Alex Poots [artistic director] from the Manchester International Festival who came to us first. We had done work with him about a year before; we opened the Manchester Festival with five nights of the [live] Demon Days project. And he said, “Are you interested in this Monkey project?” And we were promised a trip to China, so we thought, “Hey, we’ll go to China, check it out, see what we think.” And if we don’t like it, or don’t like the people involved, at least we got a free trip to China!
We get offered a lot of really stupid projects we say no to, but we don’t really get our pick of many exciting projects. We knew the story of Monkey, we grew up with the TV series. We didn’t agree to anything until after our second trip to China. That’s where we really got interested.
JH: Well, I wouldn’t look at it like that. It’s something that we all learn from, learn how to be a bit more connected to the planet Earth as opposed to “X Factor” or “Pop Idol”.
But the part I found most interesting, given my own personal interest, is when P-fork talks the growing interest in African music of late:
Pitchfork: Damon, there’s been a huge recent uptick in interest in African music, particularly here in America. In the past few years, most of it was funneled through Western ideas. Do you feel any kind of engagement or connection with any of these bands?
DA: Vampire Weekend and Foals, that kind of thing? Yeah, but I find it hard to find the actual African influence but I’m sure that’s more kind of in their heads. Sometimes you sit and talk about an influence and sort of expect that you’re going to hear it. I don’t think that’s necessarily important.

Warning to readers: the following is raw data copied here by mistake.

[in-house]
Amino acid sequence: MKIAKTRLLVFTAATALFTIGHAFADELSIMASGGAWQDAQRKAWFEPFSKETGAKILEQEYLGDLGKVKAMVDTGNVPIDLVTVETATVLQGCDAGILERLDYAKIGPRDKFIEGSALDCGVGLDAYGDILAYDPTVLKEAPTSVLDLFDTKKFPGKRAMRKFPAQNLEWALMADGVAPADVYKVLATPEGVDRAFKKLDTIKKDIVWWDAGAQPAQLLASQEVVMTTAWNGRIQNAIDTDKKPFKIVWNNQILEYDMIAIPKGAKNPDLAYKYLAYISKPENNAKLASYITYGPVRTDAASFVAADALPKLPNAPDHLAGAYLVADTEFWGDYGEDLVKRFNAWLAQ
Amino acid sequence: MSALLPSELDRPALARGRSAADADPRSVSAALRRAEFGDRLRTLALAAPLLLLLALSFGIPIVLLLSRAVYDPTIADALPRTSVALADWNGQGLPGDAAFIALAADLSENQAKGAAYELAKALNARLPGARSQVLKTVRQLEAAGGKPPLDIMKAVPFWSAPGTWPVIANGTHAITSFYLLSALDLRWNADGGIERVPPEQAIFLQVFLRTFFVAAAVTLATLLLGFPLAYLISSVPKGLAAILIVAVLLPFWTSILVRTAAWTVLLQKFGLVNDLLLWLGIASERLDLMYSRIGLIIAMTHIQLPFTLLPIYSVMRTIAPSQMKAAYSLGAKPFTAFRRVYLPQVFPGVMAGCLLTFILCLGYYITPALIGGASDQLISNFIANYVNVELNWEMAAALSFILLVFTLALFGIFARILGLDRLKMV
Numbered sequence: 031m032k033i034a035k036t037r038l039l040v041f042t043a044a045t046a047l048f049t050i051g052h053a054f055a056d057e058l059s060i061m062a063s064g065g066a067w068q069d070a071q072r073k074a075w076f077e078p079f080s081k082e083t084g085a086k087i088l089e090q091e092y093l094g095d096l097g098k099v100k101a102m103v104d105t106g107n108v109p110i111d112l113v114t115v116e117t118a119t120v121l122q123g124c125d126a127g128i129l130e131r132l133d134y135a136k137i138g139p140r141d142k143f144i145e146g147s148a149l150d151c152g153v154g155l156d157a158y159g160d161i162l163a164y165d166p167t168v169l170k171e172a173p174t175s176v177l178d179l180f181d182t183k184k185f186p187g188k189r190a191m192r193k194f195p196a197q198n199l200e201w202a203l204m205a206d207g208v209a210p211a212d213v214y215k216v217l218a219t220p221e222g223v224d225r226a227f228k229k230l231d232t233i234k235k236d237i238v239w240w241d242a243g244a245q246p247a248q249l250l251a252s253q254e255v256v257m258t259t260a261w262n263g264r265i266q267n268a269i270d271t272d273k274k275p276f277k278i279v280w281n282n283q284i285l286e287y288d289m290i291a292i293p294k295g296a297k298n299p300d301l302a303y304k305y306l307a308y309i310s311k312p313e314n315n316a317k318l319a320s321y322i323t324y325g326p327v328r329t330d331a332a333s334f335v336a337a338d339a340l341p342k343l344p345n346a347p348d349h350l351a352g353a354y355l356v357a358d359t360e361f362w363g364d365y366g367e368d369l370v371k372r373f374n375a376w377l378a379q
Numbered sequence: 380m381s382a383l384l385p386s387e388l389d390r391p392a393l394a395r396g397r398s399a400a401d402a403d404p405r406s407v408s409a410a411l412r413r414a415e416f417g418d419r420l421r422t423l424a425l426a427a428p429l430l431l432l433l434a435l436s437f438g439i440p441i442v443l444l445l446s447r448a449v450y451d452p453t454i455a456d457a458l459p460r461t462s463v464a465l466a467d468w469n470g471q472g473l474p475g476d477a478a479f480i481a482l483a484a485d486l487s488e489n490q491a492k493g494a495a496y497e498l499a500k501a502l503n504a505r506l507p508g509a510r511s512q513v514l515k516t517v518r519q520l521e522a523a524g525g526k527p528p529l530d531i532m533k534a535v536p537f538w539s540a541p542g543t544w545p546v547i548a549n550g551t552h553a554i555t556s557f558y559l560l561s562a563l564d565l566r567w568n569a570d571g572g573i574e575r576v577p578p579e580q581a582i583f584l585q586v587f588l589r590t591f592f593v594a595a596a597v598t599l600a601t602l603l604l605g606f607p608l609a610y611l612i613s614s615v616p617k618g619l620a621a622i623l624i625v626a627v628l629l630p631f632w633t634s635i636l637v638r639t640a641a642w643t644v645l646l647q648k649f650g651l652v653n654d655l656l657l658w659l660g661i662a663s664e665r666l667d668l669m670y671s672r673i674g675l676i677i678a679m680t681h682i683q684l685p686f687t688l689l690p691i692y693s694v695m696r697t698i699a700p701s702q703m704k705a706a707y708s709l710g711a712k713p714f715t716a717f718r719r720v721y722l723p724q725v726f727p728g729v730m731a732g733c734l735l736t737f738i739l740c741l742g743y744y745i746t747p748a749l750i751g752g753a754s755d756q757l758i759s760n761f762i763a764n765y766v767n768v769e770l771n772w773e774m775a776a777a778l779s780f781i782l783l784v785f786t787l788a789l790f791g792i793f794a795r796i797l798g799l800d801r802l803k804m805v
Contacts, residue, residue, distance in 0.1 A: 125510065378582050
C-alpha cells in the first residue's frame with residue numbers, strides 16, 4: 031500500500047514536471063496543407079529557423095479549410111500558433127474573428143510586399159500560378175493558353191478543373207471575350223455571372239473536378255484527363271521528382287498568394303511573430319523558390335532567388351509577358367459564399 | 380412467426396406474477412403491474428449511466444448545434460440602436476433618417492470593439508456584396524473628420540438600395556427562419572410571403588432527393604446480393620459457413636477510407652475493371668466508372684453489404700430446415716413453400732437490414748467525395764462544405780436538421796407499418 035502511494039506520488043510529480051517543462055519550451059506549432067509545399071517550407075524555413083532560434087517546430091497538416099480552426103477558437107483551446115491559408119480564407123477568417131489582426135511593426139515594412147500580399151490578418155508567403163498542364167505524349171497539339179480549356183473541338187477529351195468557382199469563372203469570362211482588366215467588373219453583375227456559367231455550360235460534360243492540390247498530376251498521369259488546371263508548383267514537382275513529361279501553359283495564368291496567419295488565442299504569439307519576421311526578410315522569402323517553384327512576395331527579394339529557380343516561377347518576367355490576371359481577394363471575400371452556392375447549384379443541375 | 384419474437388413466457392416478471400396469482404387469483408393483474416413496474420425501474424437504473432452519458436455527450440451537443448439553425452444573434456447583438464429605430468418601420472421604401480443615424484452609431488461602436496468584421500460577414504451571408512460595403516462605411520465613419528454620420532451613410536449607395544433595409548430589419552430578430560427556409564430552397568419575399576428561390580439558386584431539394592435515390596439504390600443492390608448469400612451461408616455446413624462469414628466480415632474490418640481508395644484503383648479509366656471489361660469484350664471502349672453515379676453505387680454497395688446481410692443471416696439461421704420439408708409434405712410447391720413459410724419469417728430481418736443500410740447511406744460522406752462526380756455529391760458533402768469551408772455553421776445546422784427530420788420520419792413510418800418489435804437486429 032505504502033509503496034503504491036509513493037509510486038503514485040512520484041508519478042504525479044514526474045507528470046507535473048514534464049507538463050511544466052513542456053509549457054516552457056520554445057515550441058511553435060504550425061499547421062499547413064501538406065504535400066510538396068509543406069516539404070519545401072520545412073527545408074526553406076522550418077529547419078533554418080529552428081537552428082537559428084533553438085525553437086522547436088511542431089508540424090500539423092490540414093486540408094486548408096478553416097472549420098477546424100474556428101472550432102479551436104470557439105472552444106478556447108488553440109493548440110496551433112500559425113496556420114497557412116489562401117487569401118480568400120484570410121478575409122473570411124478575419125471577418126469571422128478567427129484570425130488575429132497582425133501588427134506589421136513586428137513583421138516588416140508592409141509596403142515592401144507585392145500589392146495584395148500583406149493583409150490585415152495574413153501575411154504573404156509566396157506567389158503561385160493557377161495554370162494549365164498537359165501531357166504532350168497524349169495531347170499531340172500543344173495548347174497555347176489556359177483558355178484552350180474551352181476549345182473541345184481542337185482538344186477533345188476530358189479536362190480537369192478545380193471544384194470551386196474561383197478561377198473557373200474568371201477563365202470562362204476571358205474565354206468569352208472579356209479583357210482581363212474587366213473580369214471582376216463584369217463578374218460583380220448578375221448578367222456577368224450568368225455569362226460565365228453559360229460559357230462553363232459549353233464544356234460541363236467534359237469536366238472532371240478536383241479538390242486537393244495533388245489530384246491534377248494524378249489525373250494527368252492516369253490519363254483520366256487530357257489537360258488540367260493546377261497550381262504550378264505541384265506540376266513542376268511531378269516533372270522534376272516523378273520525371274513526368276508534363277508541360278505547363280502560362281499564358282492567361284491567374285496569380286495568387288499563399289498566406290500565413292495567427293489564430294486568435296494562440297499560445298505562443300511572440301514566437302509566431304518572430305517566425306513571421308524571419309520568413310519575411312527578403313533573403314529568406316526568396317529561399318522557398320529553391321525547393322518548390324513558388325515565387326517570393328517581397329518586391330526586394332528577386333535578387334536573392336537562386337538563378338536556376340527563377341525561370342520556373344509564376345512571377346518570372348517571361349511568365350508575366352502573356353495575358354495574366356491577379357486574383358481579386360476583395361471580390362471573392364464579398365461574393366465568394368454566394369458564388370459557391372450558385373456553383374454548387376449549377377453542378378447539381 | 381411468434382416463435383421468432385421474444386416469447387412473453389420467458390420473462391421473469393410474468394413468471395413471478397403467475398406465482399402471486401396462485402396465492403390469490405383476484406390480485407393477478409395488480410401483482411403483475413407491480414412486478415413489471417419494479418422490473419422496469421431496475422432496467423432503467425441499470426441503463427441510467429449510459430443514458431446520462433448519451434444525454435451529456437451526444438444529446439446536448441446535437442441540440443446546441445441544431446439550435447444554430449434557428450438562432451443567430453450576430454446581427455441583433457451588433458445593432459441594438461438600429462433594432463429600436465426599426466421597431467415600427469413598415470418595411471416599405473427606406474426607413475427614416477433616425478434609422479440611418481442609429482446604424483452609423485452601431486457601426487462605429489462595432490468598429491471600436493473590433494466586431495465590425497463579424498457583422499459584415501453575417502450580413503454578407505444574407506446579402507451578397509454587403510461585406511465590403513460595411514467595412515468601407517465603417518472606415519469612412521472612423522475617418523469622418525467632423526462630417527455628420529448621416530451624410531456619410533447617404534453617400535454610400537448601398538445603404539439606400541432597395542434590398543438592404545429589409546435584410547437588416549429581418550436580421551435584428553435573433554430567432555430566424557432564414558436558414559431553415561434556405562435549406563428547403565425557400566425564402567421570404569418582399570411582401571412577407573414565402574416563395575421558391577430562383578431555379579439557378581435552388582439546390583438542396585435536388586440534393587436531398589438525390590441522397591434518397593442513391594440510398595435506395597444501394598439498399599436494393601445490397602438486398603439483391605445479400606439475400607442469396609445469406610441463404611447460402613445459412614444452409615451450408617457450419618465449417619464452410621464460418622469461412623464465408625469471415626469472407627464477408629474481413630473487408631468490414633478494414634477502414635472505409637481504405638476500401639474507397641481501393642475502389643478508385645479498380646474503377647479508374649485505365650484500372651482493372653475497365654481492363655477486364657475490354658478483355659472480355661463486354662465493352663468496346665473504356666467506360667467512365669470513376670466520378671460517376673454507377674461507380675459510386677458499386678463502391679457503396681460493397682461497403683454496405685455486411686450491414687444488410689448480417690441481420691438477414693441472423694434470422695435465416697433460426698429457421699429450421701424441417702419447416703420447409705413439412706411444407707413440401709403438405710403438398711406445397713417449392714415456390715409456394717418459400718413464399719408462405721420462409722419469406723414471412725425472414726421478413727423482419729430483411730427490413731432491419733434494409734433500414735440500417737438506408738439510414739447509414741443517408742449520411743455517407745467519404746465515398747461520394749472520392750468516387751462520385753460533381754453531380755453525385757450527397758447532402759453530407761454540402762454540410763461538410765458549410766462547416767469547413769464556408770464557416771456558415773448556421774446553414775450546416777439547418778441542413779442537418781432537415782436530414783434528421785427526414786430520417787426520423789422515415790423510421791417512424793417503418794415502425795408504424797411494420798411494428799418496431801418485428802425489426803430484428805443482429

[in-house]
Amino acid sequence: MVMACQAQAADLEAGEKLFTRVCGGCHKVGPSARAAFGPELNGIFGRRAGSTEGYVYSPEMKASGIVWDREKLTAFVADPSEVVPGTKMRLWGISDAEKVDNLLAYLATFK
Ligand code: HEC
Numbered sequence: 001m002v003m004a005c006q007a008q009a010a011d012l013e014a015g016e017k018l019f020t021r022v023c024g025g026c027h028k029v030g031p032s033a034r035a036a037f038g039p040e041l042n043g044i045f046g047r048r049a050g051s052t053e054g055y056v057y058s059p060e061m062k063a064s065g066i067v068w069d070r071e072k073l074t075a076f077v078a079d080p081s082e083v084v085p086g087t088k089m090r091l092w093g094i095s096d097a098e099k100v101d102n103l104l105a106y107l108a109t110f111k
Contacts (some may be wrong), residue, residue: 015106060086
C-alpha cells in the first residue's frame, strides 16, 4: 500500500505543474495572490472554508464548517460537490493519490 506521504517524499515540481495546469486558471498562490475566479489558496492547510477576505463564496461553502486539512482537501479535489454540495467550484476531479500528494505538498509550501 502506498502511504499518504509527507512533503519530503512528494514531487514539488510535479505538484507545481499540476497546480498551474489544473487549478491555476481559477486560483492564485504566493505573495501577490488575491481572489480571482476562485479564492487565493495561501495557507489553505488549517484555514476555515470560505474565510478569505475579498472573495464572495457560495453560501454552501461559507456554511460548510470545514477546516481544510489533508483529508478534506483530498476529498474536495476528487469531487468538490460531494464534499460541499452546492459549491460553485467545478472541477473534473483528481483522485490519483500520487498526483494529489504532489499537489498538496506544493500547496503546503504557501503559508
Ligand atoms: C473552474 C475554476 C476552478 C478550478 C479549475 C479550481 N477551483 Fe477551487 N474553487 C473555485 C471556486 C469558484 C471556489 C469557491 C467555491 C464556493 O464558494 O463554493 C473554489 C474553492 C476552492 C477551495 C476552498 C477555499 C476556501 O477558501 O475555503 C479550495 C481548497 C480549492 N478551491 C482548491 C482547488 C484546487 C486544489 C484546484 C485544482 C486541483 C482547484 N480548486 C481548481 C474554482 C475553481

The best way to get to know Africa, like China, is to go there and see what it is. To know somewhere that crazy and that magnificent, you have to spend some time among people, the rhythm of their lives. Every time I go to Africa, I see the future. I see what the Western world is going to become. It’s a very futuristic place.
Pitchfork: In what ways?
DA: Well, as resources inevitably disappear, people have to make do with a lot less. You have to be much more ingenious with a lot less, and accept that you can’t get your perfect tuna sandwich on a street corner.
JH: Life is becoming far too easy.We’ve become completely fucking useless. There’s no hardship.
DA: Coming back to the music, it’s really important that Western musicians engage and project a bit of that futurism in their music. I think Africa is a very great place to go to sort of meditate on that.
Pitchfork: In the 80s it seemed like the interest in global music was a reaction to the synthetic and a search for authenticity. Do you think it’s being done in a more healthy way now?
DA: In a more realistic way, really, actually listening to what it is. I think people are engaging in a very different way, but it’s only the beginning…the beginning of an inevitable revolution that may come in our lifetime.
Enjoy Hot Chip’s remix of “Kids With Guns”:
Gorillaz “Kids With Guns (Hot Chip remix)”